published Sunday, February 6th, 2011

A fighting chance

  • photo
    Photo by Matt Fields-Johnson Kiwon Toney, 10, practices on a heavy bag Thursday night at the Westside Boxing Club in Chattanooga. Kiwon has been boxing for three years and is ranked eighth in the country for his age group and will compete in the Silver Gloves competition this year.

Driving past the old No. 7 firehouse on Central Avenue, few would guess it is home to world-champion boxers.

But inside the building, Westside Boxing Club trains them in the old engine bay-turned-boxing gym. For two hours a day, four days a week, the boxers work with nothing but the smell of sweat, the grunts of sparring fighters and the shouted advice of coaches motivating them.

The club has garnered 25 national championships, five world championships and even a bronze medal at last year's Junior Olympics.

Head coach Andy Smith shies away from discussing the accolades. Smith, part of the training staff for the 2008 Olympic boxing team, said the club focuses on helping kids.

"The most important thing is they take the things they learn in this gym and use it in their everyday lives," he said. "Very few of them will be national champions or world champions, and even a smaller few of them will ever be Olympic gold medalists, but all of them are gonna be citizens in our communities. All of them are gonna have jobs and families, so we want to teach them all the things they learn here to use in their life."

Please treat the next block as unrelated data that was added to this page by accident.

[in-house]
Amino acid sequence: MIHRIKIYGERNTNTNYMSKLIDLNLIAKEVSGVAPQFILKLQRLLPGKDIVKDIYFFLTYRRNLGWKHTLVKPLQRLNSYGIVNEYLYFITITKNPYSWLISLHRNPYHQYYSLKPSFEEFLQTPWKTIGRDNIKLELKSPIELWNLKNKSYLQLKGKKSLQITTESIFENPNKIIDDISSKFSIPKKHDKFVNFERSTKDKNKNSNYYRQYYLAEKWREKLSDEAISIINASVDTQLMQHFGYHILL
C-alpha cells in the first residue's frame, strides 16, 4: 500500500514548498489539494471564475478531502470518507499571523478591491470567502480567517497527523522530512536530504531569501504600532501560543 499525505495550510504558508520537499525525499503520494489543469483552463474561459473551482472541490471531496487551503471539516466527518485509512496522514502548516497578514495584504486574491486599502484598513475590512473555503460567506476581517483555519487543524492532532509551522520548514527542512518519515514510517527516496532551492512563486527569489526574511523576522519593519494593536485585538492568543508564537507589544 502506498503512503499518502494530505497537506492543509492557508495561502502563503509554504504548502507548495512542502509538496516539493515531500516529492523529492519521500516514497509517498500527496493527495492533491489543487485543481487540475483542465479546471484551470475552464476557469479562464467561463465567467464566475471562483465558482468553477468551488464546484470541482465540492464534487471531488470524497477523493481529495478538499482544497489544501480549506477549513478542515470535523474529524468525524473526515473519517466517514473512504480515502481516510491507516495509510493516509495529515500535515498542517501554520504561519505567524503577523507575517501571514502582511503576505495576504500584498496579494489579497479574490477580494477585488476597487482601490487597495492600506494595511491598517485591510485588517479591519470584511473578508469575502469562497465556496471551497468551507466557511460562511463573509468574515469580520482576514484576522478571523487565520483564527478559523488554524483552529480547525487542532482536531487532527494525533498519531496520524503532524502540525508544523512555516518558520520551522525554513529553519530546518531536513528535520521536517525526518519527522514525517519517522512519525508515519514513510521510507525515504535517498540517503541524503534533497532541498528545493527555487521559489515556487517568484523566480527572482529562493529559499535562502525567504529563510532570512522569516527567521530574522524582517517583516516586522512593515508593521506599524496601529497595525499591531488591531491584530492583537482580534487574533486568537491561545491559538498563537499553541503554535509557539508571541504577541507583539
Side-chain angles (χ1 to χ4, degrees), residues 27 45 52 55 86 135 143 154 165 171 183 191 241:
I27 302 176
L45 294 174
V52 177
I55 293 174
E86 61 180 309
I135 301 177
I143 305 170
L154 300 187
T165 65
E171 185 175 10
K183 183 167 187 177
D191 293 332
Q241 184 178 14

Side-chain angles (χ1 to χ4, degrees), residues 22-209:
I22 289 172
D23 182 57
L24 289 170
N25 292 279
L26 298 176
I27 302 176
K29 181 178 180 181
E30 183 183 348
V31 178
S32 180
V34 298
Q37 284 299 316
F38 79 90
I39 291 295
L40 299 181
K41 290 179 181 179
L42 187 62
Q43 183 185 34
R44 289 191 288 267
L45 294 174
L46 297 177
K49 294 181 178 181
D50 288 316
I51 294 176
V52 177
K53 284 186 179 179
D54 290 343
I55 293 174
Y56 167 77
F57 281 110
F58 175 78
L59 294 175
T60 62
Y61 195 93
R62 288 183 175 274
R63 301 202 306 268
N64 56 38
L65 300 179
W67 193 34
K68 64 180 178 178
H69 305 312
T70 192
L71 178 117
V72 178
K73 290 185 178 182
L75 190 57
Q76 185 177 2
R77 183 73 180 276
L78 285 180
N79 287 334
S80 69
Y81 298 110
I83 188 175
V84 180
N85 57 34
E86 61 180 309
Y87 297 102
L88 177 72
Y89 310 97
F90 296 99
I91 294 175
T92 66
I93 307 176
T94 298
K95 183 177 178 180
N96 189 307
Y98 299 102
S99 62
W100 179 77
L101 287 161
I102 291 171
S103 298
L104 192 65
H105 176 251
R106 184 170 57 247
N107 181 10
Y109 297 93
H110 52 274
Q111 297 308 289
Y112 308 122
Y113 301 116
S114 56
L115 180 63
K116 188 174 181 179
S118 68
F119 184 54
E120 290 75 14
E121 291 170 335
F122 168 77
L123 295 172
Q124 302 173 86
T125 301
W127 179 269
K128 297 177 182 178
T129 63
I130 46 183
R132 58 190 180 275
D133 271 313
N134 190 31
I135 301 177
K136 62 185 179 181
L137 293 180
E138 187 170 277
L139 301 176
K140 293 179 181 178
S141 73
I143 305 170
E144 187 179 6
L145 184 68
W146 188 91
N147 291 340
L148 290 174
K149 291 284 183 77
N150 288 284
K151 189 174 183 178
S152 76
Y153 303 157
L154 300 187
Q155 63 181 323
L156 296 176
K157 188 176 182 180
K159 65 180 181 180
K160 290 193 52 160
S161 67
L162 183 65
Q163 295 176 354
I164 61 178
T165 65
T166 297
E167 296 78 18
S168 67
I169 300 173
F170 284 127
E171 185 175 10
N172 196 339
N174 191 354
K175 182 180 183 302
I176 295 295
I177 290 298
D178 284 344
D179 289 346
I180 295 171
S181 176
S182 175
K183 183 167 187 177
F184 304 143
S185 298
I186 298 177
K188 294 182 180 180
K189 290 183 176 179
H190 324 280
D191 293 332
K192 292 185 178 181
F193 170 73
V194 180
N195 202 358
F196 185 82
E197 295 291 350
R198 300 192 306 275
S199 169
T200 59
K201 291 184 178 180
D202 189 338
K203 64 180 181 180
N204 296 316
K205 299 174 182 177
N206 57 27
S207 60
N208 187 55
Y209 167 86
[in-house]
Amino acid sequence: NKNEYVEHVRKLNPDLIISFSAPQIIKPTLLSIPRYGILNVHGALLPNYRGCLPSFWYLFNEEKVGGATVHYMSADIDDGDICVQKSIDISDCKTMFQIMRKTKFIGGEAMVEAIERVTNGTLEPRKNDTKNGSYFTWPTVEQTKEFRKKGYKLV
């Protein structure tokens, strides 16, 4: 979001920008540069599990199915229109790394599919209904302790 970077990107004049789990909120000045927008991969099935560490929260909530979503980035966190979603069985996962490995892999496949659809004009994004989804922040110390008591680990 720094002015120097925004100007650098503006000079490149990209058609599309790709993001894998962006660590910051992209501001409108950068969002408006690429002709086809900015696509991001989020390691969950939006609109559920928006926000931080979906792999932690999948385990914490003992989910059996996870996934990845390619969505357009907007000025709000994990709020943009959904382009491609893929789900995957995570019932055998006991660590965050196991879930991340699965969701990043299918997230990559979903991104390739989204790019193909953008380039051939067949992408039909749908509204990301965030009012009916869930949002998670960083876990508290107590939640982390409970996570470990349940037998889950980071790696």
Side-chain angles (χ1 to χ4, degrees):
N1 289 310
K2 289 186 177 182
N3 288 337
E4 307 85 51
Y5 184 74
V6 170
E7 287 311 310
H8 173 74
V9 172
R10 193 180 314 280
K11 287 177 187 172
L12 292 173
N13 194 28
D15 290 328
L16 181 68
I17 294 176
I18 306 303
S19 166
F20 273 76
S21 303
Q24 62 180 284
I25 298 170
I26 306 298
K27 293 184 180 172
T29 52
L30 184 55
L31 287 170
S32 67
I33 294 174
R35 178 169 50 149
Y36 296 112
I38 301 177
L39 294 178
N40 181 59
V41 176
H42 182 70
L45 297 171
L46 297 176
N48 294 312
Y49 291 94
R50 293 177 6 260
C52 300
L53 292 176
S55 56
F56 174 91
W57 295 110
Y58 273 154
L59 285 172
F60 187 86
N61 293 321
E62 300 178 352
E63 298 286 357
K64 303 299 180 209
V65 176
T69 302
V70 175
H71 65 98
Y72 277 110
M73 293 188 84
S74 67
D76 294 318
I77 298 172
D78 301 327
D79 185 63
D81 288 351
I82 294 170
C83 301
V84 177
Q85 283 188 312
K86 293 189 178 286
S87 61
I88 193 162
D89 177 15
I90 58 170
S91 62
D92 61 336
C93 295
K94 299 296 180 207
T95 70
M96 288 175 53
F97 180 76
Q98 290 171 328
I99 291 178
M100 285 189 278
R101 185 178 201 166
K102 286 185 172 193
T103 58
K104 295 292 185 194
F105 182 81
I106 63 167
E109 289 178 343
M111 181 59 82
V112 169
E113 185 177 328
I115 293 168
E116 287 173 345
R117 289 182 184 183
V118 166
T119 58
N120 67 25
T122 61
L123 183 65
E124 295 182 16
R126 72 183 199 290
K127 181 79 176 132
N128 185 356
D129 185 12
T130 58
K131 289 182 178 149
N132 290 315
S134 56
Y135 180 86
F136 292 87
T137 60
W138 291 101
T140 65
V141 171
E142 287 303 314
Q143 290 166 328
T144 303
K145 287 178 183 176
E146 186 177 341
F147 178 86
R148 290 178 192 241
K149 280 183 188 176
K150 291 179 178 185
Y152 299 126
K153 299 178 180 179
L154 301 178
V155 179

Smith's father, Joe, a 2008 Olympic boxing team manager, founded the club in 1999 to give kids walking the line between delinquent and criminal a place to channel their anger. Today, about 40 people -- most of whom are between 8 and 17, though all ages are welcome -- show up for free lessons and workouts. Smith said he's seen real changes in several boxers.

"The winning takes care of itself. It's a direct result of kids doing the right thing," he said. "That's what we teach them. If they do the right thing here and in their own personal life, then success is gonna follow. That's just life in general."

For some boxers, success has come faster than the wap-wap-wap rhythm of a speed bag.

Emily Dagnan, a 16-year-old junior at Sequatchie County High School, spends every day at school and softball practice before boxing at Westside, then heading home for homework, a shower and sleep.

Dagnan said her work started to pay off last year when she won the Junior Olympic bronze, but she's nowhere near satisfied.

"I wanna do it again for sure. I hope to go farther than that," she said between breaths as she took a break from her training.

The five-year veteran plans to try out for the 2012 Olympic team when she graduates high school and said she came to Westside to get to that level.

"This is where you actually compete," she said. "And that's what I wanted to do."

Using his experience from the Olympics, Smith designs practices that challenge even the fittest and most skilled.

"It's the best workout I've ever had," said LaShanda Johns, a two-year boxer who completed two Army tours in Afghanistan as well as Army basic training.